I like listening to radio when you hear someone mention "the human condition." It's a sure sign you're tuned to Radio National. A process check, if you like.
Anyway we got that this morning en route from the mildly poo-infested suburbs of Rocky to the stridently industrial surrounds of beautiful downtown Gladstone. I was glad to be tuned to the graceful cadences of Ramona Koval, which were very much in sync with the small undulations of that piece of road, sitting on a very steady 100 kph, the song of the mighty Toyota Camry motor wheezing in the background. It was an interview with some US writer whose name escapes me, but the book is called Pontoon and if you Amazon (there's a nice neologism for you) I'm sure you'll find it.
Like all the very earnest people whose graceful tones emanate from Radio Communism, Ramona was at pains to elicit some discussion on the human condition and with a cooperative subject, whose name still escapes me, it was actually a nice piece of work. Death, angels, fundamentalism, people's hidden lives and the pretences or faces that we show to the world.
In fact it formed a useful framework in which I could digest my experience yesterday, which was a last minute dash to Emerald to (allegedly) help out with our organisation's efforts there. I haven't been exposed to people who have been through disaster and its associated trauma before, and this was a real eye-opener.
The situation of the small claims holders, the miners who live out in the gem fields around Anakie and so on, was quite dire but their reactions even more pronounced, for these are people to whom their house literally is their castle, because their mining lease is their livving and their life. So to lose everything and have to contemplate strangers on your territory is anathema, leading to some very strong emotions.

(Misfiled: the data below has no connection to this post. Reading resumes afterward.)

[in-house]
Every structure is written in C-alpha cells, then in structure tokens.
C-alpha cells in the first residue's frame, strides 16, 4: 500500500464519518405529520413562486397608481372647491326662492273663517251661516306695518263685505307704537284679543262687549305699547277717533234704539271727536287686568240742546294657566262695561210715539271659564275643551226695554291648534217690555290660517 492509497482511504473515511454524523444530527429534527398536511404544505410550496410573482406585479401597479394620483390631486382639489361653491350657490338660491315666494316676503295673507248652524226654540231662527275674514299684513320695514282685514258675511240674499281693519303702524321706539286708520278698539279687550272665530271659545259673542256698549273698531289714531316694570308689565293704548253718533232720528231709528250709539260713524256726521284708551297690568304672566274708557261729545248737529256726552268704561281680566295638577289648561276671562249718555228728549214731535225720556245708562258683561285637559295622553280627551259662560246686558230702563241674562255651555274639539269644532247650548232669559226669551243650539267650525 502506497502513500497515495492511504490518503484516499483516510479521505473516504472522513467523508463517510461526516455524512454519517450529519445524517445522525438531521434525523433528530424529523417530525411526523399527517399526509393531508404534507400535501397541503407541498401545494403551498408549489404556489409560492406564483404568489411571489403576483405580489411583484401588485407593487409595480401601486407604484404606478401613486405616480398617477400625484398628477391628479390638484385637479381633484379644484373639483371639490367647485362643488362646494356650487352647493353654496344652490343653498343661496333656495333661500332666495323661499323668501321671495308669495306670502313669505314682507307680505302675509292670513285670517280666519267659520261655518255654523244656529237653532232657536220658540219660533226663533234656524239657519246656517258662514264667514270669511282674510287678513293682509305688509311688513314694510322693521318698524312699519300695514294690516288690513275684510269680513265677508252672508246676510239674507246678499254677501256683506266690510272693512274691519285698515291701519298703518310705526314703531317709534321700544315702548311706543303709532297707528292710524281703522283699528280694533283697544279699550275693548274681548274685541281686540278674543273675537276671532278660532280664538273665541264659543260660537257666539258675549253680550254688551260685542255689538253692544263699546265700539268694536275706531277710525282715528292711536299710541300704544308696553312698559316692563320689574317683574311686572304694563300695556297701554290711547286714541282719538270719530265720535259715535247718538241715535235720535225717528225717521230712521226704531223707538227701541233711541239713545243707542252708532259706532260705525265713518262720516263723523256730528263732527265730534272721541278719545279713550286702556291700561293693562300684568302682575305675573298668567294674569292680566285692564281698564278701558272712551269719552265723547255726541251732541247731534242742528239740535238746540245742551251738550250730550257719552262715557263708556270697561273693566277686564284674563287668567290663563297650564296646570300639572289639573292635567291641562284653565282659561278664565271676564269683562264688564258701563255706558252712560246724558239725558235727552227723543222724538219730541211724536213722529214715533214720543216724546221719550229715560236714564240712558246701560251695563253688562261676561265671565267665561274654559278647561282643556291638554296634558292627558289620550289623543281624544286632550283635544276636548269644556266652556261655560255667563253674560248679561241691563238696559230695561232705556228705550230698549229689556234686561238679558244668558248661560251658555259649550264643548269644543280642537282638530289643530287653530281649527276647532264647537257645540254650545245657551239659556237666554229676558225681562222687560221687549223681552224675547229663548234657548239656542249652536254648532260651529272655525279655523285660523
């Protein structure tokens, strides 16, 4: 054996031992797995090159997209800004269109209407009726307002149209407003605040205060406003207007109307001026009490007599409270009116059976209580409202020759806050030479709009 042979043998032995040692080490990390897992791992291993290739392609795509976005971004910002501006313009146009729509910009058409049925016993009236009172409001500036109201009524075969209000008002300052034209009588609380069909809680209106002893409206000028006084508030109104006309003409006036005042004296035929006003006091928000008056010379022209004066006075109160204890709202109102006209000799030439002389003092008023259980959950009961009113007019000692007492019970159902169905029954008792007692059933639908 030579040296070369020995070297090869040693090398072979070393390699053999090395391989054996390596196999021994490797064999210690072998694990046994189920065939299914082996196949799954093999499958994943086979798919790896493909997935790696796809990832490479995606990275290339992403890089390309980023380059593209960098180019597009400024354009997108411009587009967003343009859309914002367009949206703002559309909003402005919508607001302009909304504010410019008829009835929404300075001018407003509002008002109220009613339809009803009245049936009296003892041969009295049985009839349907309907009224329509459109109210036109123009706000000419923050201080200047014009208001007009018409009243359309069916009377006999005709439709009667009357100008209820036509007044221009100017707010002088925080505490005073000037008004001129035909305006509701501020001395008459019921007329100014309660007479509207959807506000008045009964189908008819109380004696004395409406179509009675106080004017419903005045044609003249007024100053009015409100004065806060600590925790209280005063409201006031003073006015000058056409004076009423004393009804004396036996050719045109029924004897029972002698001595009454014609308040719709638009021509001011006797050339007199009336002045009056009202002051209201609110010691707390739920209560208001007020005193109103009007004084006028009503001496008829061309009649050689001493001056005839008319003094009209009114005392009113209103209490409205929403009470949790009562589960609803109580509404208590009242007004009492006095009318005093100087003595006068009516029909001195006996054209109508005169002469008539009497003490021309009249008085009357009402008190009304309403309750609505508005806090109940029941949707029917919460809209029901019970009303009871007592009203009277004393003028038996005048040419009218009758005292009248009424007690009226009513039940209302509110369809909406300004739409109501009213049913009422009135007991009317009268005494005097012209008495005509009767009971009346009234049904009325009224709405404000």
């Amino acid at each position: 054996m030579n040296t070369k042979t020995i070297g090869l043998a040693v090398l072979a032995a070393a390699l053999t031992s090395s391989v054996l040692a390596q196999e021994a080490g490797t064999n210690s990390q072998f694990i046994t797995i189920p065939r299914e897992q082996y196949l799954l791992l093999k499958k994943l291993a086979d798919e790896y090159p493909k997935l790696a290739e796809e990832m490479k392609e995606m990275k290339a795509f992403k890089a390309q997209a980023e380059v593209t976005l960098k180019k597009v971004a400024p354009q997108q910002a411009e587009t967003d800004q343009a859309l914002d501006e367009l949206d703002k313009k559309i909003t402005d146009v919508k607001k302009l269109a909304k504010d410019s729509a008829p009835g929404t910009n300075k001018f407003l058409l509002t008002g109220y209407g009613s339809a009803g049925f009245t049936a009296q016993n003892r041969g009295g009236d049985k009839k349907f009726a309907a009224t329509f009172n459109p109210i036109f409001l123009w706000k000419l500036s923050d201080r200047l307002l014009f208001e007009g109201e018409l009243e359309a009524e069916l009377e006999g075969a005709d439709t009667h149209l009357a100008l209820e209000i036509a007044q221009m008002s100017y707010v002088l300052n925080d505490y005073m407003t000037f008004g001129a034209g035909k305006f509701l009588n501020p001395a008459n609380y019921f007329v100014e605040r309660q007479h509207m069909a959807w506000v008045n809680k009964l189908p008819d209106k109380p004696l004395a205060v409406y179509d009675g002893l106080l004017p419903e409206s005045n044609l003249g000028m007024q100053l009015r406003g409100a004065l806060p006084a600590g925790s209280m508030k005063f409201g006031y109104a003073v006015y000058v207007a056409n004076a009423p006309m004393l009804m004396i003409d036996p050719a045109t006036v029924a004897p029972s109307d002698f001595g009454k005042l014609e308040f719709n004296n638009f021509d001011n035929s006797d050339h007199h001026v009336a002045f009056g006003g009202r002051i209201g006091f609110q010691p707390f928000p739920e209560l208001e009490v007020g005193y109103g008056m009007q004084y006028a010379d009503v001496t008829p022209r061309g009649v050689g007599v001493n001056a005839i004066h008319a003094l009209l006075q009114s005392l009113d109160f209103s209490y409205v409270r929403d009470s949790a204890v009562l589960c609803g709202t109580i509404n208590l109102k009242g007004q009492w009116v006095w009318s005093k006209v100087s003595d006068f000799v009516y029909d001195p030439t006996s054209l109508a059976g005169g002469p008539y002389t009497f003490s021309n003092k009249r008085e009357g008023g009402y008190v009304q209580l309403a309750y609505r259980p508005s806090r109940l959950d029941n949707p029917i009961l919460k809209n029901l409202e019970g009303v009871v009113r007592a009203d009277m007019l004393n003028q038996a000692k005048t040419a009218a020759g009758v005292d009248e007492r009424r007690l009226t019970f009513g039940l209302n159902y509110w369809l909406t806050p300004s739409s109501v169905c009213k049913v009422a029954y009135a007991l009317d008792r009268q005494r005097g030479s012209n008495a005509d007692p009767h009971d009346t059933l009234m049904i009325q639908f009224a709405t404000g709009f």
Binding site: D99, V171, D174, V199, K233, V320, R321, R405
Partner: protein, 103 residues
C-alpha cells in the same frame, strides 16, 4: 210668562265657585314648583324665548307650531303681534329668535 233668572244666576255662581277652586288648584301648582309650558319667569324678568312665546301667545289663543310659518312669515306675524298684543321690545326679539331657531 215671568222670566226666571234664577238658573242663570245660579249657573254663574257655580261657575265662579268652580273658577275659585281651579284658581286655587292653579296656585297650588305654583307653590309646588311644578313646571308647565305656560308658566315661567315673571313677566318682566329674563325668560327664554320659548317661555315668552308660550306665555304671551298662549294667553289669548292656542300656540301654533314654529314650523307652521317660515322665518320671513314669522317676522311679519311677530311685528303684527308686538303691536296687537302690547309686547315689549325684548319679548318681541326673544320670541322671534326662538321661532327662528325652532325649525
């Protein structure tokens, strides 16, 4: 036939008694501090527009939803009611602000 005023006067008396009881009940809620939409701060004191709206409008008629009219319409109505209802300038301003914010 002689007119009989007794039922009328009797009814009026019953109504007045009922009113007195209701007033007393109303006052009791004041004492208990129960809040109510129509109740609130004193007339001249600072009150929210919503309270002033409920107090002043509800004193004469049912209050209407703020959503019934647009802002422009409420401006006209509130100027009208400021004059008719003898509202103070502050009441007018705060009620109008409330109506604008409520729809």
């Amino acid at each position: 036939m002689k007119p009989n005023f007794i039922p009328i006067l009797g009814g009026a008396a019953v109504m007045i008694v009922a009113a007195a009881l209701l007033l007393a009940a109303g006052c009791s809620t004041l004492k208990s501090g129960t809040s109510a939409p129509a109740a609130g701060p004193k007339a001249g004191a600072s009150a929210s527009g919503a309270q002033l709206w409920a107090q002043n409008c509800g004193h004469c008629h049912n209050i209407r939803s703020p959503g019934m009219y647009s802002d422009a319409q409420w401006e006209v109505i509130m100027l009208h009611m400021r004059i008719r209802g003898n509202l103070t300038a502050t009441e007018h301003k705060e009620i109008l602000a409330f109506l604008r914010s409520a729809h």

What mainly got me thinking - and it was evident that to people who do or experience this sort of thing more regularly it wasn't a surprise - was how country people react. How people who are by nature very independent, resourceful and proud, cope with needing assistance.
Which in turn got me thinking about how the west - sorry, the bush - got settled, for want of a better term, in the first place. I never did history as a separate subject in high school, only did Blaxland, Wentworth and Lawson and the Human Hovell in primary school. Names, dates, routes. No causes, reasons, analysis or stories attached that I can recall. And nothing about the settlers.
Without any sort of knowledge from which to work, then, I guess I simply left it as an open question - what were the factors, the things that drove establishment of settlements, towns and villages. Gold, sheep, and so on with railways as an early link and forming the critical mass - sorry about that - in certain places where routes intersected.
And somehow out of all that we got some sense of Australianness, a country of country dwellers who react in certain ways, hold certain things dear and so on. So when a (probably) typical urban blight like looting hits a place like Emerald, it hits deeper and the reaction is stronger, more vehement. Wouldn't like to be those families, eh?
So with Ramona and whatisname prattling in the background, the hills sliding by, I thought about this great brown land of ours and the people in it. I didn't come to any blinding insights as you probably guessed about 3 paragraphs ago or, in the case of regular readers of this blog, at about the second line of my first posting.
Doesn't matter, mate. We all just need, I think, to occasionally sit back in the fabulously proportioned armchairs of a Toyota Camry, a packet of Minties (how come some Minties are nice and hard and other packets are all gooey? whatever happened to quality control?) on the passenger's seat, the road rolling underneath our wheels, and think about Australia.
You bloody beauty.
So up the old red rooster and sink more piss.
No idea where that came from.
Back to work, then.